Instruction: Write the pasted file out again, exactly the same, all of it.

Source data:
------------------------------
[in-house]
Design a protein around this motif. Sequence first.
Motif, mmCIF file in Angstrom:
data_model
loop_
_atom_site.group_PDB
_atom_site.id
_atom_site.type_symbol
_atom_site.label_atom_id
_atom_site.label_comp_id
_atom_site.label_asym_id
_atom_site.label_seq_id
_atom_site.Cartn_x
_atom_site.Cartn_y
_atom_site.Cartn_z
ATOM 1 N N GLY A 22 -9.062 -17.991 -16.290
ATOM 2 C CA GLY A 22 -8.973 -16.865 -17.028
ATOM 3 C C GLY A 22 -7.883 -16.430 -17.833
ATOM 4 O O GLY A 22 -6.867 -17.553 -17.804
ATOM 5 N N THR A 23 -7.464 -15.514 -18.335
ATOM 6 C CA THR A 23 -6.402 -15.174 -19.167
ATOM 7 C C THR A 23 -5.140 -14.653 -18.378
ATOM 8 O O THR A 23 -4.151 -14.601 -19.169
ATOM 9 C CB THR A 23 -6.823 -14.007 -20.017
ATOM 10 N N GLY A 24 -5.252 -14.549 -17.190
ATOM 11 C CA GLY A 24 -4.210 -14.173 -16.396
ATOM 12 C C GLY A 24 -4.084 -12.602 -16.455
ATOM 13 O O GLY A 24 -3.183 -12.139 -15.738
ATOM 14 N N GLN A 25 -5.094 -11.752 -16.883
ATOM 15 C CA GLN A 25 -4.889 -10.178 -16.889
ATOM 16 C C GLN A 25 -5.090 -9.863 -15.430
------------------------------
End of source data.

[in-house]
Design a protein around this motif. Sequence first.
Motif, mmCIF file in Angstrom:
data_model
loop_
_atom_site.group_PDB
_atom_site.id
_atom_site.type_symbol
_atom_site.label_atom_id
_atom_site.label_comp_id
_atom_site.label_asym_id
_atom_site.label_seq_id
_atom_site.Cartn_x
_atom_site.Cartn_y
_atom_site.Cartn_z
ATOM 1 N N GLY A 22 -9.062 -17.991 -16.290
ATOM 2 C CA GLY A 22 -8.973 -16.865 -17.028
ATOM 3 C C GLY A 22 -7.883 -16.430 -17.833
ATOM 4 O O GLY A 22 -6.867 -17.553 -17.804
ATOM 5 N N THR A 23 -7.464 -15.514 -18.335
ATOM 6 C CA THR A 23 -6.402 -15.174 -19.167
ATOM 7 C C THR A 23 -5.140 -14.653 -18.378
ATOM 8 O O THR A 23 -4.151 -14.601 -19.169
ATOM 9 C CB THR A 23 -6.823 -14.007 -20.017
ATOM 10 N N GLY A 24 -5.252 -14.549 -17.190
ATOM 11 C CA GLY A 24 -4.210 -14.173 -16.396
ATOM 12 C C GLY A 24 -4.084 -12.602 -16.455
ATOM 13 O O GLY A 24 -3.183 -12.139 -15.738
ATOM 14 N N GLN A 25 -5.094 -11.752 -16.883
ATOM 15 C CA GLN A 25 -4.889 -10.178 -16.889
ATOM 16 C C GLN A 25 -5.090 -9.863 -15.430